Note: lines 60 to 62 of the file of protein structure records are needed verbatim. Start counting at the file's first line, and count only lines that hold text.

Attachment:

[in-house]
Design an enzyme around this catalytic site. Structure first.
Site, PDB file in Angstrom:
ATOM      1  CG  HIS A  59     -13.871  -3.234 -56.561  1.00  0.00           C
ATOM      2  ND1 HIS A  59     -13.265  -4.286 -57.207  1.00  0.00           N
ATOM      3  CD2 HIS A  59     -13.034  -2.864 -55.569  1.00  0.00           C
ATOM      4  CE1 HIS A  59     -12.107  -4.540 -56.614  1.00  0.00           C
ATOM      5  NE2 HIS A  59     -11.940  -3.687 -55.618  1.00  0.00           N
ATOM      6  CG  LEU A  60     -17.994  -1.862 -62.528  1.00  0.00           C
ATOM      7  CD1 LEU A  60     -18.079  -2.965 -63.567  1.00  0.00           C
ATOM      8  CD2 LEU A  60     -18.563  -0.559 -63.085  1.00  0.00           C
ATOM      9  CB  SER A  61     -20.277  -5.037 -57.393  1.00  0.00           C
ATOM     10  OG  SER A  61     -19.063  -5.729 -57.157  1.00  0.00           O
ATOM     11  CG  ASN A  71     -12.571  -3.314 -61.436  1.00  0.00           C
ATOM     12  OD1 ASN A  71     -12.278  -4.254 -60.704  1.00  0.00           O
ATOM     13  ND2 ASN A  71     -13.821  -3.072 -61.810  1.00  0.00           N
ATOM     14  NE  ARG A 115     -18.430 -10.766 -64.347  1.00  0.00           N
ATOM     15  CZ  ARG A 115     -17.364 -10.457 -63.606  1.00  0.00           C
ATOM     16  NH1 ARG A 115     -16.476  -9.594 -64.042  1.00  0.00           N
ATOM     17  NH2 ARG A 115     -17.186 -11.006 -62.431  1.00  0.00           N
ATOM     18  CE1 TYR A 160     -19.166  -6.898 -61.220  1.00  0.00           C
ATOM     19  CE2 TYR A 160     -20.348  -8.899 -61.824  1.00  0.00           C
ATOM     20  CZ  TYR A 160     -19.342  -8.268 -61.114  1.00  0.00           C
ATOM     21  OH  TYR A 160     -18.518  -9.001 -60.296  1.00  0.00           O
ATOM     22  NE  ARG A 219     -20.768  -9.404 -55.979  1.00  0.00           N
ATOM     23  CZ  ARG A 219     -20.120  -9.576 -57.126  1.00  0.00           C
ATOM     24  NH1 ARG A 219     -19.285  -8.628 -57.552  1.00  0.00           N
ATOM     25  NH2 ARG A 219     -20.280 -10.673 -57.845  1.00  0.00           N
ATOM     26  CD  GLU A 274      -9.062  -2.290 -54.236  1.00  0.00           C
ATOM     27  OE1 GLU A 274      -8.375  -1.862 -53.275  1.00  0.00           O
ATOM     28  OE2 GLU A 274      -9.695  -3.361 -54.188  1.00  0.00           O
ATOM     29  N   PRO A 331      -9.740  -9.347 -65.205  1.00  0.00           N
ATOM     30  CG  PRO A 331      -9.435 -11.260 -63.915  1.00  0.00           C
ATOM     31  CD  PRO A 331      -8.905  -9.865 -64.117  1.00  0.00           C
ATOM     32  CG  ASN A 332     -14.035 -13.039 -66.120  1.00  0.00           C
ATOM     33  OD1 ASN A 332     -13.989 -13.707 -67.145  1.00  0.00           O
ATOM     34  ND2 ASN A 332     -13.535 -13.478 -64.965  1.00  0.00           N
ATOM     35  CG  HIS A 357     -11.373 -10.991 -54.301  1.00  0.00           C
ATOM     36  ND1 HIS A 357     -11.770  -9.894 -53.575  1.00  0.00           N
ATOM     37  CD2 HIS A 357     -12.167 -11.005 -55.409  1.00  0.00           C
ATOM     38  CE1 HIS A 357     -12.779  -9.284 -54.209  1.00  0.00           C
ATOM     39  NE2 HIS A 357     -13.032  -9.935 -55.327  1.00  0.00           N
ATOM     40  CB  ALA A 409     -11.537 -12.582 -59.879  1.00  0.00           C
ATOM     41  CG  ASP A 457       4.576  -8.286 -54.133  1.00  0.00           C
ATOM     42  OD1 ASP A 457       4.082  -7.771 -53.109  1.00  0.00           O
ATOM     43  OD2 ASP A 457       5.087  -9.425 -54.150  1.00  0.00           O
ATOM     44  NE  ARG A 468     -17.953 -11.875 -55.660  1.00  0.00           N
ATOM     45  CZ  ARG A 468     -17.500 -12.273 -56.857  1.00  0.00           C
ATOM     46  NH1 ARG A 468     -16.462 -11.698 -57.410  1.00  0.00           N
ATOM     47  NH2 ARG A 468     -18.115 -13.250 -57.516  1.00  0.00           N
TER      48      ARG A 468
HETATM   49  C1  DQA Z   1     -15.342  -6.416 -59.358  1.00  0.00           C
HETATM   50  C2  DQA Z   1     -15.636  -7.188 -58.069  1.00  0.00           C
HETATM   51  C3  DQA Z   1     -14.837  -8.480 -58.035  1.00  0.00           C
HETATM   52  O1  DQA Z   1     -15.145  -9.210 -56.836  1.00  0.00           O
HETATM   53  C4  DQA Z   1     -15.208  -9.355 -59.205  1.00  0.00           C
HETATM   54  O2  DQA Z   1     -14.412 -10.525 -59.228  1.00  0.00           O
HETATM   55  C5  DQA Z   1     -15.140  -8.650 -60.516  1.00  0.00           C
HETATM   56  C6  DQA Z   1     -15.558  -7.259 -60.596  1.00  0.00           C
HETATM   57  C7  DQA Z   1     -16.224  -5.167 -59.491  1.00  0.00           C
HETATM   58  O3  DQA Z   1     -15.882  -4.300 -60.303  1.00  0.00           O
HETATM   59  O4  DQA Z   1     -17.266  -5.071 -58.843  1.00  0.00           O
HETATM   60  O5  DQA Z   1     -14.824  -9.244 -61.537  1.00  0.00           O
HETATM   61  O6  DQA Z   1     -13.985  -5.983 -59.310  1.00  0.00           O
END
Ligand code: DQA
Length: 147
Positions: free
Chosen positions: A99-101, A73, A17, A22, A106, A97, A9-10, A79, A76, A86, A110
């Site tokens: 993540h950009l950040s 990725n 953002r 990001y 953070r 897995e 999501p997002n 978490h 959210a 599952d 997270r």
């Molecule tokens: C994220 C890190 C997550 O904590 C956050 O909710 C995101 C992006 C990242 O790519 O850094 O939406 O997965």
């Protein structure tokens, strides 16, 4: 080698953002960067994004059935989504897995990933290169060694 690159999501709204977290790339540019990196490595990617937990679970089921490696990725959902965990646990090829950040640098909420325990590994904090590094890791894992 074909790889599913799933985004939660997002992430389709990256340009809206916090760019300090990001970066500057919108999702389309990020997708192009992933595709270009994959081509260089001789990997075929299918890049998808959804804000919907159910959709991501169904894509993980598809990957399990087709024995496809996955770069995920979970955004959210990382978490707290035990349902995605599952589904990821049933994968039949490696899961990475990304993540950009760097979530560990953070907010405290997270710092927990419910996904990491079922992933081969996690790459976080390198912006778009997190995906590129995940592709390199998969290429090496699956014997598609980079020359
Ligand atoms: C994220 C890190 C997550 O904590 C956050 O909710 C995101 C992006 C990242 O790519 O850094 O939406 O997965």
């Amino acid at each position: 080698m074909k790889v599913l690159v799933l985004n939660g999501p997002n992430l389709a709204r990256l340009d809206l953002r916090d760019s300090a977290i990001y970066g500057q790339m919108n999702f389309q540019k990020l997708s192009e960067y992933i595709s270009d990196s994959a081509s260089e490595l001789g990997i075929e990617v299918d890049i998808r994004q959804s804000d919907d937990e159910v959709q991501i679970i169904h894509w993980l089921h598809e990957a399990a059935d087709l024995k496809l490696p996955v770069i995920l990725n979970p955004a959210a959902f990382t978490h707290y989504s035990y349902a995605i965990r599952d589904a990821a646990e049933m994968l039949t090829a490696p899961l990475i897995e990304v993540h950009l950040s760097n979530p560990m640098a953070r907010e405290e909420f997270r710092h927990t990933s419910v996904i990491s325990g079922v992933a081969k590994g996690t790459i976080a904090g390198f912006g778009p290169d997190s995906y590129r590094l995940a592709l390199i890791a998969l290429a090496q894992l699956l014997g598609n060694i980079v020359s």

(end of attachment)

HETATM   57  C7  DQA Z   1     -16.224  -5.167 -59.491  1.00  0.00           C
HETATM   58  O3  DQA Z   1     -15.882  -4.300 -60.303  1.00  0.00           O
HETATM   59  O4  DQA Z   1     -17.266  -5.071 -58.843  1.00  0.00           O